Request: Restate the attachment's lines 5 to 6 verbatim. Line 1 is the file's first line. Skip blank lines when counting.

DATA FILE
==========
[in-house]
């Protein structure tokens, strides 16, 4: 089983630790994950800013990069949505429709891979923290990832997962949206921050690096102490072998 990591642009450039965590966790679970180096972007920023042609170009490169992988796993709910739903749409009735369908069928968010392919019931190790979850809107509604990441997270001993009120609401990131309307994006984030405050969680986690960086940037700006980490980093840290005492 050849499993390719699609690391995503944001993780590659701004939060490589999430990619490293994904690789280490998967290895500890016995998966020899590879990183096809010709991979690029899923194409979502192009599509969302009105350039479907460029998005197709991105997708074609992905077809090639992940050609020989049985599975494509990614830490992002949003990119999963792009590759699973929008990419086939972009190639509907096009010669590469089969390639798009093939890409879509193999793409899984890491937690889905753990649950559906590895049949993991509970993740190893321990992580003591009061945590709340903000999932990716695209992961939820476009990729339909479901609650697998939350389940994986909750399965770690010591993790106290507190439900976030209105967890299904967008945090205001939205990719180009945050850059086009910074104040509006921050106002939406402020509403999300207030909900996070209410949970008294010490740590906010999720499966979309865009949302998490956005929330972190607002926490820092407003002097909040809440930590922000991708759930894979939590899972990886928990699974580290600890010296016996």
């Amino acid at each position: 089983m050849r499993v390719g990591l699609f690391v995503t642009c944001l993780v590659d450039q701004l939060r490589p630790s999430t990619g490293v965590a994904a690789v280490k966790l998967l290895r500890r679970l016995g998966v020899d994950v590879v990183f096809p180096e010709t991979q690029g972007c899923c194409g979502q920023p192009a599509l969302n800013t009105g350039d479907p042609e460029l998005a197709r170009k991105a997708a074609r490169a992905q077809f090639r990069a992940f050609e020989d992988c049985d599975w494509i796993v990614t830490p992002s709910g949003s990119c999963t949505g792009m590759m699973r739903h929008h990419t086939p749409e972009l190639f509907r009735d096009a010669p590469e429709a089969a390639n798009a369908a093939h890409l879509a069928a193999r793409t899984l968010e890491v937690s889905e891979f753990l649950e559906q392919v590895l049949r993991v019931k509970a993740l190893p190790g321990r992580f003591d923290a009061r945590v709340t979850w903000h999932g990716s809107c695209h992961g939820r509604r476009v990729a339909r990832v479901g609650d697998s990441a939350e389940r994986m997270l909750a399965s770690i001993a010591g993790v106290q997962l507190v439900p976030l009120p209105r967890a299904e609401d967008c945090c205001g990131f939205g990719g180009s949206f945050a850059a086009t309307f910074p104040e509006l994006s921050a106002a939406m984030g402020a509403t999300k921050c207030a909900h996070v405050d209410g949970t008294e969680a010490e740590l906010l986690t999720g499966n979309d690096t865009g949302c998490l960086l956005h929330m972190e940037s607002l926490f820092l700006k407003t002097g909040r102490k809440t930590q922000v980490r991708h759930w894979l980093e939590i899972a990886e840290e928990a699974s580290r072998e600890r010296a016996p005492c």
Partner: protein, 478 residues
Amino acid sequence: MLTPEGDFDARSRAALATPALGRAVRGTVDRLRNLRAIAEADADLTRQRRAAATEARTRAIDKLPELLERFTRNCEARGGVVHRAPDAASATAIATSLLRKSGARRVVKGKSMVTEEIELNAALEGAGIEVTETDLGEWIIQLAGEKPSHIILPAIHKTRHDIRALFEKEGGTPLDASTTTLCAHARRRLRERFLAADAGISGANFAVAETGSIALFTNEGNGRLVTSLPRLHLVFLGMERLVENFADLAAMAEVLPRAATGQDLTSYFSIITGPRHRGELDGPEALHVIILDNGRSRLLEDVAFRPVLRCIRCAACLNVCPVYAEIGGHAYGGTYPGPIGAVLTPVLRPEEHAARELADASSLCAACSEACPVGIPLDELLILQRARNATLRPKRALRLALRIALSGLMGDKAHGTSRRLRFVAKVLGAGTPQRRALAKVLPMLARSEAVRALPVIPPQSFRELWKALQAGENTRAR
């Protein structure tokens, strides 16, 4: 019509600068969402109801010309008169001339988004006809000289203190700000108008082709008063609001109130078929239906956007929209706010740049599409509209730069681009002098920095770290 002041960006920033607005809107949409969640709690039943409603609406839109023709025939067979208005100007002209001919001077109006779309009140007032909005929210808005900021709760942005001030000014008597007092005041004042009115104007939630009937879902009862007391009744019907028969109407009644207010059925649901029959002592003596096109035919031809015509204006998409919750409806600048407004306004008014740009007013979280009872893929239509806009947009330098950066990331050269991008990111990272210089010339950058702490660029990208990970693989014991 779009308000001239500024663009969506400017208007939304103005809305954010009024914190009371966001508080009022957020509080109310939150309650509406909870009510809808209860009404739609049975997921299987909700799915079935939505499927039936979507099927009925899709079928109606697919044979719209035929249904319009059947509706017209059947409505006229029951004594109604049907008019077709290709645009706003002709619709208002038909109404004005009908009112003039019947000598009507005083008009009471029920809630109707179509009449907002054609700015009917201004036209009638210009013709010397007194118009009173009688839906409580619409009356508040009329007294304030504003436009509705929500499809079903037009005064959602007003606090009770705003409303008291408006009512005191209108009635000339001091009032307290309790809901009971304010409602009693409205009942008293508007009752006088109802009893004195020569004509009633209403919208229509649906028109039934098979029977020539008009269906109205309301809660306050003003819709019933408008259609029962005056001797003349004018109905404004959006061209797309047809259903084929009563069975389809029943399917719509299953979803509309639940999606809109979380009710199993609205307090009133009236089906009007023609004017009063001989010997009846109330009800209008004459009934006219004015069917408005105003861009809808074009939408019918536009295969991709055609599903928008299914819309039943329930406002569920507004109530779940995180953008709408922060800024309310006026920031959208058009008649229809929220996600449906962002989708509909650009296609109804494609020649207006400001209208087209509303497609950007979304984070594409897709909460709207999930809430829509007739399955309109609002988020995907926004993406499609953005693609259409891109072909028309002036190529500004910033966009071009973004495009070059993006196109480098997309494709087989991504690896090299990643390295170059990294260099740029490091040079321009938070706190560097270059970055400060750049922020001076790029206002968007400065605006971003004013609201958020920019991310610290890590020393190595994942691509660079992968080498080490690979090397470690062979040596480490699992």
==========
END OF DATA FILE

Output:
Amino acid sequence: MLTPEGDFDARSRAALATPALGRAVRGTVDRLRNLRAIAEADADLTRQRRAAATEARTRAIDKLPELLERFTRNCEARGGVVHRAPDAASATAIATSLLRKSGARRVVKGKSMVTEEIELNAALEGAGIEVTETDLGEWIIQLAGEKPSHIILPAIHKTRHDIRALFEKEGGTPLDASTTTLCAHARRRLRERFLAADAGISGANFAVAETGSIALFTNEGNGRLVTSLPRLHLVFLGMERLVENFADLAAMAEVLPRAATGQDLTSYFSIITGPRHRGELDGPEALHVIILDNGRSRLLEDVAFRPVLRCIRCAACLNVCPVYAEIGGHAYGGTYPGPIGAVLTPVLRPEEHAARELADASSLCAACSEACPVGIPLDELLILQRARNATLRPKRALRLALRIALSGLMGDKAHGTSRRLRFVAKVLGAGTPQRRALAKVLPMLARSEAVRALPVIPPQSFRELWKALQAGENTRAR
């Protein structure tokens, strides 16, 4: 019509600068969402109801010309008169001339988004006809000289203190700000108008082709008063609001109130078929239906956007929209706010740049599409509209730069681009002098920095770290 002041960006920033607005809107949409969640709690039943409603609406839109023709025939067979208005100007002209001919001077109006779309009140007032909005929210808005900021709760942005001030000014008597007092005041004042009115104007939630009937879902009862007391009744019907028969109407009644207010059925649901029959002592003596096109035919031809015509204006998409919750409806600048407004306004008014740009007013979280009872893929239509806009947009330098950066990331050269991008990111990272210089010339950058702490660029990208990970693989014991 779009308000001239500024663009969506400017208007939304103005809305954010009024914190009371966001508080009022957020509080109310939150309650509406909870009510809808209860009404739609049975997921299987909700799915079935939505499927039936979507099927009925899709079928109606697919044979719209035929249904319009059947509706017209059947409505006229029951004594109604049907008019077709290709645009706003002709619709208002038909109404004005009908009112003039019947000598009507005083008009009471029920809630109707179509009449907002054609700015009917201004036209009638210009013709010397007194118009009173009688839906409580619409009356508040009329007294304030504003436009509705929500499809079903037009005064959602007003606090009770705003409303008291408006009512005191209108009635000339001091009032307290309790809901009971304010409602009693409205009942008293508007009752006088109802009893004195020569004509009633209403919208229509649906028109039934098979029977020539008009269906109205309301809660306050003003819709019933408008259609029962005056001797003349004018109905404004959006061209797309047809259903084929009563069975389809029943399917719509299953979803509309639940999606809109979380009710199993609205307090009133009236089906009007023609004017009063001989010997009846109330009800209008004459009934006219004015069917408005105003861009809808074009939408019918536009295969991709055609599903928008299914819309039943329930406002569920507004109530779940995180953008709408922060800024309310006026920031959208058009008649229809929220996600449906962002989708509909650009296609109804494609020649207006400001209208087209509303497609950007979304984070594409897709909460709207999930809430829509007739399955309109609002988020995907926004993406499609953005693609259409891109072909028309002036190529500004910033966009071009973004495009070059993006196109480098997309494709087989991504690896090299990643390295170059990294260099740029490091040079321009938070706190560097270059970055400060750049922020001076790029206002968007400065605006971003004013609201958020920019991310610290890590020393190595994942691509660079992968080498080490690979090397470690062979040596480490699992």